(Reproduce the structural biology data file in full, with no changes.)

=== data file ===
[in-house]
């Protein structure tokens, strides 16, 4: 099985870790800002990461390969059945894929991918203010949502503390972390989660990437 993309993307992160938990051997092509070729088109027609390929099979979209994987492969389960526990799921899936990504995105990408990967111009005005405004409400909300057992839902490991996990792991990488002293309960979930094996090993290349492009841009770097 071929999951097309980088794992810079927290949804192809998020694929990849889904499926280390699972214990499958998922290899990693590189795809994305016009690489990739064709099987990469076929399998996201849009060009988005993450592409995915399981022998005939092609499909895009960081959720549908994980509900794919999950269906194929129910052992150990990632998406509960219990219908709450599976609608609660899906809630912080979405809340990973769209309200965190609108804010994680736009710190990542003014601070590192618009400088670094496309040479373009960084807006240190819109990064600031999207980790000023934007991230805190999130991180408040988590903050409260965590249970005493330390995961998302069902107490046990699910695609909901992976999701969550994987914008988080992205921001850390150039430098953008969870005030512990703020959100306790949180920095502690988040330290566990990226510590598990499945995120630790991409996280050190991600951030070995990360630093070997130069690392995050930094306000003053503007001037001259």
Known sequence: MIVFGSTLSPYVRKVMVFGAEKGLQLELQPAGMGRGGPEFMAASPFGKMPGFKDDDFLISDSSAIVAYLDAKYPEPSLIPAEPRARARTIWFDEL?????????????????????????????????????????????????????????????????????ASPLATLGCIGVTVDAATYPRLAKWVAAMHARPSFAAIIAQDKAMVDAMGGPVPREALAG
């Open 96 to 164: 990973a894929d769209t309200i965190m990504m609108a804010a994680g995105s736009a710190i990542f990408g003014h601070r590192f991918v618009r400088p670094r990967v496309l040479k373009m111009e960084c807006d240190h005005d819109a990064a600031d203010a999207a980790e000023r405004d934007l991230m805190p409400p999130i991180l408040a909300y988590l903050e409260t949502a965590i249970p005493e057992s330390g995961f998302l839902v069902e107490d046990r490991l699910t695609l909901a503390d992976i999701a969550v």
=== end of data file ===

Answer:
[in-house]
């Protein structure tokens, strides 16, 4: 099985870790800002990461390969059945894929991918203010949502503390972390989660990437 993309993307992160938990051997092509070729088109027609390929099979979209994987492969389960526990799921899936990504995105990408990967111009005005405004409400909300057992839902490991996990792991990488002293309960979930094996090993290349492009841009770097 071929999951097309980088794992810079927290949804192809998020694929990849889904499926280390699972214990499958998922290899990693590189795809994305016009690489990739064709099987990469076929399998996201849009060009988005993450592409995915399981022998005939092609499909895009960081959720549908994980509900794919999950269906194929129910052992150990990632998406509960219990219908709450599976609608609660899906809630912080979405809340990973769209309200965190609108804010994680736009710190990542003014601070590192618009400088670094496309040479373009960084807006240190819109990064600031999207980790000023934007991230805190999130991180408040988590903050409260965590249970005493330390995961998302069902107490046990699910695609909901992976999701969550994987914008988080992205921001850390150039430098953008969870005030512990703020959100306790949180920095502690988040330290566990990226510590598990499945995120630790991409996280050190991600951030070995990360630093070997130069690392995050930094306000003053503007001037001259």
Known sequence: MIVFGSTLSPYVRKVMVFGAEKGLQLELQPAGMGRGGPEFMAASPFGKMPGFKDDDFLISDSSAIVAYLDAKYPEPSLIPAEPRARARTIWFDEL?????????????????????????????????????????????????????????????????????ASPLATLGCIGVTVDAATYPRLAKWVAAMHARPSFAAIIAQDKAMVDAMGGPVPREALAG
């Open 96 to 164: 990973a894929d769209t309200i965190m990504m609108a804010a994680g995105s736009a710190i990542f990408g003014h601070r590192f991918v618009r400088p670094r990967v496309l040479k373009m111009e960084c807006d240190h005005d819109a990064a600031d203010a999207a980790e000023r405004d934007l991230m805190p409400p999130i991180l408040a909300y988590l903050e409260t949502a965590i249970p005493e057992s330390g995961f998302l839902v069902e107490d046990r490991l699910t695609l909901a503390d992976i999701a969550v």